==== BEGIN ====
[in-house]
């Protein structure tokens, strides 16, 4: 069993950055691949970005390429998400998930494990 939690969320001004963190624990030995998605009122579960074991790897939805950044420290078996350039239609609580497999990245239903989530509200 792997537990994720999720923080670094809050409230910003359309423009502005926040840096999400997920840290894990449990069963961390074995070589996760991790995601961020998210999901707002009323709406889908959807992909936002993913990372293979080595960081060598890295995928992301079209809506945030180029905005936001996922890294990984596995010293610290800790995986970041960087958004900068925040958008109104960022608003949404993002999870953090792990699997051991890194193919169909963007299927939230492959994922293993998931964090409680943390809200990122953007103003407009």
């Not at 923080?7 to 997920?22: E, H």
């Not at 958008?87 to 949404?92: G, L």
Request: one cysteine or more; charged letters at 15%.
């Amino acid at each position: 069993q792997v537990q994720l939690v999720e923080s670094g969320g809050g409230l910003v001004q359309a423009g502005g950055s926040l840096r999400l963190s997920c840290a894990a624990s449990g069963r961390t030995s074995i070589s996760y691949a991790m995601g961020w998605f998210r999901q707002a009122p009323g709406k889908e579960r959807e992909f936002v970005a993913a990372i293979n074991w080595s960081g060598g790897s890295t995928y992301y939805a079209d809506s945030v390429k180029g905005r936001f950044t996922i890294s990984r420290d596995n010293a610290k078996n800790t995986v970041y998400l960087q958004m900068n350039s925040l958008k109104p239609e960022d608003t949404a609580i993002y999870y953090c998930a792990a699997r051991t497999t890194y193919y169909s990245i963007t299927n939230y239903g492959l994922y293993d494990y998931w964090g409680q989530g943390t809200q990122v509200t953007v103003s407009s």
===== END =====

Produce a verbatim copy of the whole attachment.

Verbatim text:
[in-house]
């Protein structure tokens, strides 16, 4: 069993950055691949970005390429998400998930494990 939690969320001004963190624990030995998605009122579960074991790897939805950044420290078996350039239609609580497999990245239903989530509200 792997537990994720999720923080670094809050409230910003359309423009502005926040840096999400997920840290894990449990069963961390074995070589996760991790995601961020998210999901707002009323709406889908959807992909936002993913990372293979080595960081060598890295995928992301079209809506945030180029905005936001996922890294990984596995010293610290800790995986970041960087958004900068925040958008109104960022608003949404993002999870953090792990699997051991890194193919169909963007299927939230492959994922293993998931964090409680943390809200990122953007103003407009």
């Not at 923080?7 to 997920?22: E, H």
């Not at 958008?87 to 949404?92: G, L």
Request: one cysteine or more; charged letters at 15%.
């Amino acid at each position: 069993q792997v537990q994720l939690v999720e923080s670094g969320g809050g409230l910003v001004q359309a423009g502005g950055s926040l840096r999400l963190s997920c840290a894990a624990s449990g069963r961390t030995s074995i070589s996760y691949a991790m995601g961020w998605f998210r999901q707002a009122p009323g709406k889908e579960r959807e992909f936002v970005a993913a990372i293979n074991w080595s960081g060598g790897s890295t995928y992301y939805a079209d809506s945030v390429k180029g905005r936001f950044t996922i890294s990984r420290d596995n010293a610290k078996n800790t995986v970041y998400l960087q958004m900068n350039s925040l958008k109104p239609e960022d608003t949404a609580i993002y999870y953090c998930a792990a699997r051991t497999t890194y193919y169909s990245i963007t299927n939230y239903g492959l994922y293993d494990y998931w964090g409680q989530g943390t809200q990122v509200t953007v103003s407009s």